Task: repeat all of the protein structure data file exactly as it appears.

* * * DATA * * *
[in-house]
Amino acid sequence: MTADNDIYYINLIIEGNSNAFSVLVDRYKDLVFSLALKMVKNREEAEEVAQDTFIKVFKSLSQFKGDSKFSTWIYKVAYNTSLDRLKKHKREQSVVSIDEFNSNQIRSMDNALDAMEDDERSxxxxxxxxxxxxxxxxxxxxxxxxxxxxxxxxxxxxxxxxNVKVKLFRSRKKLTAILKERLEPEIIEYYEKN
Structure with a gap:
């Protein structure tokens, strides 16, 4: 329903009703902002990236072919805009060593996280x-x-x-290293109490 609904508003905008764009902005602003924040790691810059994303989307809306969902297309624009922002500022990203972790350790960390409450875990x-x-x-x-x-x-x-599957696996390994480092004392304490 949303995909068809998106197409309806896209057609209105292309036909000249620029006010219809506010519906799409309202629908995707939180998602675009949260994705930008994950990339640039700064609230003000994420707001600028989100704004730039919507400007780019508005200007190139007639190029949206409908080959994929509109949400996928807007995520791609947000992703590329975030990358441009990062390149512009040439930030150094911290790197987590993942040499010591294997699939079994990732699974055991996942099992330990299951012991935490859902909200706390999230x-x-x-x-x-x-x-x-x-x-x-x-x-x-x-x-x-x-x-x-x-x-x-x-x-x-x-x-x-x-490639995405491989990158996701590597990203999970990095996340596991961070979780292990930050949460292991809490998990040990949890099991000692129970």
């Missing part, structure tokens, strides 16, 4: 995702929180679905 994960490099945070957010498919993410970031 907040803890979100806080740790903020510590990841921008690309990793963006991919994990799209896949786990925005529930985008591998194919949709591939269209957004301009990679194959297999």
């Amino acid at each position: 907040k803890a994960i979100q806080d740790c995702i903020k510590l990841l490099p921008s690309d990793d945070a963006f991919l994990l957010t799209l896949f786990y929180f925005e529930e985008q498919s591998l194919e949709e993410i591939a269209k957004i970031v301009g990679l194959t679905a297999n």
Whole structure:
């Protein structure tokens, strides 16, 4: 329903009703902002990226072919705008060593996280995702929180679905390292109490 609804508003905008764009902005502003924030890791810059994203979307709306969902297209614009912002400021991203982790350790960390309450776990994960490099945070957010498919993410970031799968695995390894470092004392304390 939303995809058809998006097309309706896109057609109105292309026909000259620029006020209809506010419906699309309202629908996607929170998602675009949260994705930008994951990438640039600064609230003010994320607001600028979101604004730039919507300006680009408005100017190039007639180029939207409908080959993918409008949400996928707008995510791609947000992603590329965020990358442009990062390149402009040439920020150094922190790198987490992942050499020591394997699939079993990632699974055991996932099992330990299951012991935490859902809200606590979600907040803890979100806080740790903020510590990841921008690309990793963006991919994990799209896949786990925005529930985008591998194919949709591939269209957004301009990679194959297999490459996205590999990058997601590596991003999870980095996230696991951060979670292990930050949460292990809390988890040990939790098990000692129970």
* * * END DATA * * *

[in-house]
Amino acid sequence: MTADNDIYYINLIIEGNSNAFSVLVDRYKDLVFSLALKMVKNREEAEEVAQDTFIKVFKSLSQFKGDSKFSTWIYKVAYNTSLDRLKKHKREQSVVSIDEFNSNQIRSMDNALDAMEDDERSxxxxxxxxxxxxxxxxxxxxxxxxxxxxxxxxxxxxxxxxNVKVKLFRSRKKLTAILKERLEPEIIEYYEKN
Structure with a gap:
């Protein structure tokens, strides 16, 4: 329903009703902002990236072919805009060593996280x-x-x-290293109490 609904508003905008764009902005602003924040790691810059994303989307809306969902297309624009922002500022990203972790350790960390409450875990x-x-x-x-x-x-x-599957696996390994480092004392304490 949303995909068809998106197409309806896209057609209105292309036909000249620029006010219809506010519906799409309202629908995707939180998602675009949260994705930008994950990339640039700064609230003000994420707001600028989100704004730039919507400007780019508005200007190139007639190029949206409908080959994929509109949400996928807007995520791609947000992703590329975030990358441009990062390149512009040439930030150094911290790197987590993942040499010591294997699939079994990732699974055991996942099992330990299951012991935490859902909200706390999230x-x-x-x-x-x-x-x-x-x-x-x-x-x-x-x-x-x-x-x-x-x-x-x-x-x-x-x-x-x-490639995405491989990158996701590597990203999970990095996340596991961070979780292990930050949460292991809490998990040990949890099991000692129970």
């Missing part, structure tokens, strides 16, 4: 995702929180679905 994960490099945070957010498919993410970031 907040803890979100806080740790903020510590990841921008690309990793963006991919994990799209896949786990925005529930985008591998194919949709591939269209957004301009990679194959297999």
């Amino acid at each position: 907040k803890a994960i979100q806080d740790c995702i903020k510590l990841l490099p921008s690309d990793d945070a963006f991919l994990l957010t799209l896949f786990y929180f925005e529930e985008q498919s591998l194919e949709e993410i591939a269209k957004i970031v301009g990679l194959t679905a297999n």
Whole structure:
């Protein structure tokens, strides 16, 4: 329903009703902002990226072919705008060593996280995702929180679905390292109490 609804508003905008764009902005502003924030890791810059994203979307709306969902297209614009912002400021991203982790350790960390309450776990994960490099945070957010498919993410970031799968695995390894470092004392304390 939303995809058809998006097309309706896109057609109105292309026909000259620029006020209809506010419906699309309202629908996607929170998602675009949260994705930008994951990438640039600064609230003010994320607001600028979101604004730039919507300006680009408005100017190039007639180029939207409908080959993918409008949400996928707008995510791609947000992603590329965020990358442009990062390149402009040439920020150094922190790198987490992942050499020591394997699939079993990632699974055991996932099992330990299951012991935490859902809200606590979600907040803890979100806080740790903020510590990841921008690309990793963006991919994990799209896949786990925005529930985008591998194919949709591939269209957004301009990679194959297999490459996205590999990058997601590596991003999870980095996230696991951060979670292990930050949460292990809390988890040990939790098990000692129970």